Race, Racism, and Psychology: Towards a Reflexive History

By Graham Richards | Go to book overview
Save to active project

Chapter 11

The reader, or skimmer, is owed a final summing up. The approach adopted in this book has been determined by the following underlying premises:
Psychology as a discipline is a product of the 'psychologies' of those within the discipline. It is therefore necessarily reflexive in character. The Psychological knowledge Psychology produces directly articulates and expresses the psychological character of the psychologists producing it-their ways of thinking, their priorities, attitudes, values, and so on.
Psychologists represent specific psychological constituencies in the discipline's host societies. Until the mid-20th century these were predominantly white, male, and middle- or upper-class. While constituting a restricted sample of the psychological constituencies in society as a whole, there was always a degree of psychological heterogeneity within this group both within and between the sites where the discipline was practised.
The historical process of change within Psychology has thus been determined by several factors over and above any 'objective' knowledge gains. These include: changes in the psychological character of its practitioners in the light of changed socio-historical circumstance (in the present case this includes changes in the nature of their relationship with the non-white and Jewish constituencies providing their subject groups), and broadening of the range of psychological constituencies represented within the discipline. They also reflexively include the discipline's own previously produced 'knowledge'. Three things immediately follow from these:
Psychology is one of the social arenas in which the psychological issues facing Psychology's host societies are formulated, discussed, and putatively resolved. Thus historical changes in the discipline both reflect and help constitute psychological change itself.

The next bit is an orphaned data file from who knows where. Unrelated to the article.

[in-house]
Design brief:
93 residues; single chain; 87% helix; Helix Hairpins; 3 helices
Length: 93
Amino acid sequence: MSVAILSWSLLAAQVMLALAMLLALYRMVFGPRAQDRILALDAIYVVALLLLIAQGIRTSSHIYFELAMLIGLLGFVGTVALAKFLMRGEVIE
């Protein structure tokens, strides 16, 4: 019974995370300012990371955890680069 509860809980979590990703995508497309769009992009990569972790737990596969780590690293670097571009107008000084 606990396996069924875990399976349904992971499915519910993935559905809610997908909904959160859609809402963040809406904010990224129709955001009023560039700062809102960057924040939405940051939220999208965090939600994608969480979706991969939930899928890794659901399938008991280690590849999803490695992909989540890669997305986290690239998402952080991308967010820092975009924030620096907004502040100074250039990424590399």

The psychological issues facing a particular psychological constituency can only be addressed within Psychology in a fashion which is satisfactory for members of that constituency insofar as it is itself represented within the discipline.
Conversely, excluded constituencies can be considered only in terms of their psychological significance for those included.


Notes for this page

Add a new note
If you are trying to select text to create highlights or citations, remember that you must now click or tap on the first word, and then click or tap on the last word.
Loading One moment ...
Project items
Cite this page

Cited page

Citations are available only to our active members.
Sign up now to cite pages or passages in MLA, APA and Chicago citation styles.

Cited page

Bookmark this page
Race, Racism, and Psychology: Towards a Reflexive History


Text size Smaller Larger
Search within

Search within this book

Look up

Look up a word

  • Dictionary
  • Thesaurus
Please submit a word or phrase above.
Print this page

Print this page

Why can't I print more than one page at a time?

While we understand printed pages are helpful to our users, this limitation is necessary to help protect our publishers' copyrighted material and prevent its unlawful distribution. We are sorry for any inconvenience.
Full screen
/ 372

matching results for page

Cited passage

Citations are available only to our active members.
Sign up now to cite pages or passages in MLA, APA and Chicago citation styles.

Cited passage

Welcome to the new Questia Reader

The Questia Reader has been updated to provide you with an even better online reading experience.  It is now 100% Responsive, which means you can read our books and articles on any sized device you wish.  All of your favorite tools like notes, highlights, and citations are still here, but the way you select text has been updated to be easier to use, especially on touchscreen devices.  Here's how:

1. Click or tap the first word you want to select.
2. Click or tap the last word you want to select.

OK, got it!

Thanks for trying Questia!

Please continue trying out our research tools, but please note, full functionality is available only to our active members.

Your work will be lost once you leave this Web page.

For full access in an ad-free environment, sign up now for a FREE, 1-day trial.

Already a member? Log in now.

Are you sure you want to delete this highlight?